Tuesday, May 04, 2004

We don't torture people...

'We don't torture people in America and people who say we do simply know nothing about our country.'

George W. Bush
Interview with Australian TV
October 18, 2003

Our standing in the world could hardly be lower. The President has brought great disrepute upon us all by his zeal to win the every battle, no matter the cost. The resulting damage to our values, our moral stature, and our institutions that regulate the use of force, which are supposed to prevent such abuses, is nearly incalculable. Many are calling this torture scandal the 'pictures that lost the war'.

How apt that is. Bush, by his neglect, his evangelical zeal, and his surety that all means were justified by the ends, may have just lost the war on terror. One cannot effectively fight an enemy when you have remade yourself in his image. If nobody wants to be on your team, you can't win the game.

I have feared this would happen. From the very minute Camp X-Ray opened for business as a 'law-free zone', I was concerned about what abuses would grow behind that veil of secrecy. Once born, that culture would surely spread along the vector of personnel transfers between detention facilities. Gitmo, Diego Garcia, Bhagram, and now Abu Ghraib; the infection has spread and now the damage has been done. We have been made no better than the enemy by the Bush Administration's neglect to exercise reasonable oversight over the wide latitude they were granted by public opinion, Congress, and the judiciary. They have betrayed that trust. There is no way to be sure of where the command failures happened, as yet, but clearly the Bush Administration did what they always do; they delgated the task with no guidelines or restrictions and simply demanded results. They got them. And Americans now get a reputation as barbarians.

I didn't mind so much being considered crass and self-involved. It was tolerable to be considered rude, shallow, and arrogant. I could see that, in the main, these traits were honestly present in the American character, especially in our relations with the world. Now, however, Americans will be seen as vicious barbarians, torturing and killing behind prison walls. Turning a blind eye to the liquidation America's enemies in secret concentration camps around the world. Morally, where does that leave American citizens? At best, bearing the stigma of naive ignorance that the WWII generation of Germany bore for their ignorance of a genocide that their government fantasized about publicly and acted openly to further. At worst, moral cowards acquiescing to the vilest sorts of crimes, even against the innocent, in a desparate and futile scramble toward safety in the wake of 9/11.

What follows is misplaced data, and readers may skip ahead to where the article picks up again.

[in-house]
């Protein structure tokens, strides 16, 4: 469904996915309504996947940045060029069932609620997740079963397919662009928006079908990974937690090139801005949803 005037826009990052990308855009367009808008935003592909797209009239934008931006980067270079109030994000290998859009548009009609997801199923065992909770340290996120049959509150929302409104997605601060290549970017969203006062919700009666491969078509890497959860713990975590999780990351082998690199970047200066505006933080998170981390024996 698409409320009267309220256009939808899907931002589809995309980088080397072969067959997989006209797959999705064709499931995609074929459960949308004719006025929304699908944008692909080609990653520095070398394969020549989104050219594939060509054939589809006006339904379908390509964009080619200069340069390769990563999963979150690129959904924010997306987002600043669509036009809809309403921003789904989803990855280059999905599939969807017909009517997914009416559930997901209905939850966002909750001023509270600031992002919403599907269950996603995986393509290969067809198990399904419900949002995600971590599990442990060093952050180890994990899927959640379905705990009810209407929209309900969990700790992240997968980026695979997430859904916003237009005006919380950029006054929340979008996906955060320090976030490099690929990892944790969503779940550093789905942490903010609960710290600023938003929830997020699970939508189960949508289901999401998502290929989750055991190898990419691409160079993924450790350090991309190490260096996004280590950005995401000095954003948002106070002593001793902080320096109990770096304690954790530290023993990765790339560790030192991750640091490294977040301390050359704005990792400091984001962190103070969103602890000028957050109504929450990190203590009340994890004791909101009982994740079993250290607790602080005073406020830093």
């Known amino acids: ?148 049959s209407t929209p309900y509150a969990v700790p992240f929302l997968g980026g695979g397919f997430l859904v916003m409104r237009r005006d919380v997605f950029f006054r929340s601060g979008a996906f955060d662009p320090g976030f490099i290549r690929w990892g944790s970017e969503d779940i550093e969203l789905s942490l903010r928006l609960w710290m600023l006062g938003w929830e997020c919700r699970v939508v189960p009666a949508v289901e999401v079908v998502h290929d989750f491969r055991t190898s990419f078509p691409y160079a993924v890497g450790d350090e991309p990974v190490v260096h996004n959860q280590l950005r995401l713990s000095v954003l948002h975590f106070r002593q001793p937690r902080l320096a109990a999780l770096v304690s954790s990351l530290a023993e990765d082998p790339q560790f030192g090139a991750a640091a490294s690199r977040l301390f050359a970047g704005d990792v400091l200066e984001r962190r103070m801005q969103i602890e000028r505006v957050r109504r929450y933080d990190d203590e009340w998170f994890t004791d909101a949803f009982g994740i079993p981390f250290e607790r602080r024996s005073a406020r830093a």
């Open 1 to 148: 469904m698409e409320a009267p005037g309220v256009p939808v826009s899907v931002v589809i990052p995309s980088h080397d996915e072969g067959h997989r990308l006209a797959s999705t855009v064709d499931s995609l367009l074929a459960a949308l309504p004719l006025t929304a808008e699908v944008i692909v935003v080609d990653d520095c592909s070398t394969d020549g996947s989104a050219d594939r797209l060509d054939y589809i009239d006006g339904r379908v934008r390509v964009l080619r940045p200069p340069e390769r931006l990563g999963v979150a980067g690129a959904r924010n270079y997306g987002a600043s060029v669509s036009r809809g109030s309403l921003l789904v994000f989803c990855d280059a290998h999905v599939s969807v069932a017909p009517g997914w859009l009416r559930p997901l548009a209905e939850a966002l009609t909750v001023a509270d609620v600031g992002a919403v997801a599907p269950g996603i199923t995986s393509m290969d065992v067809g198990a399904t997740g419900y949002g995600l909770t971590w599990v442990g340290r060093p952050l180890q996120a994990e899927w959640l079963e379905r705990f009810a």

I now see Americans in the later light. We at least had functioning institutions of democratic control. We are soverign. We cannot dump the responsibility at the feet of some military commanders and have done. We cannot even lay blame on the Bush Administration and feel good about ourselves. We could have prevented this. The warning signs were there. Any idiot could have predicted this, and in fact, this one did. No, the fault is not in our stars, but in ourselves.

Of course, I spit on anyone who supports the Bush Adminstration now. Support for Bush is now a character flaw, not a political stand. If you stand with Bush, you stand with the worst sort of moral monster: the kind that thinks he's a savior, and thus the rules don't apply to him. Throughout history it is those convinced of the righteousness of their mission who commit the most heinous crimes. But I also spit on every single one of you, and myself.

I failed those innocents in Falluja and elsewhere in Iraq. I failed those men and women who were tortured, humiliated, beaten, and killed in Abu Gharaib and other detention camps and prisons around the world. We knew, or should have know that these attrocities were happening over a year ago, but I did nothing; nor did you. I stood by as thousands of innocentAfghani civilians died for our revenge; so did you. I accepted it when I learned that 3,000 Afghani POWs were massacred by leave of the U.S. military after the siege of Kunduz; so did you, whether you know about it or not. During the 12 years of the Iraqi sanctions, I was complicit in the genocidal deaths of thousands of Iraqi children; so were you. During the "shock and awe" invasion prelude, I was complicit in the collateral deaths of thousands of innocent Iraqi civilians; so were you. As my countrymen were stripped of their rights in the panicked adoption of the PATRIOT act, I did little; neither did you. As my country adopted assassination as a tool of statecraft once again, I did nothing; neither did you.

I am reprehensible. And so are you. What are we going to do about it?


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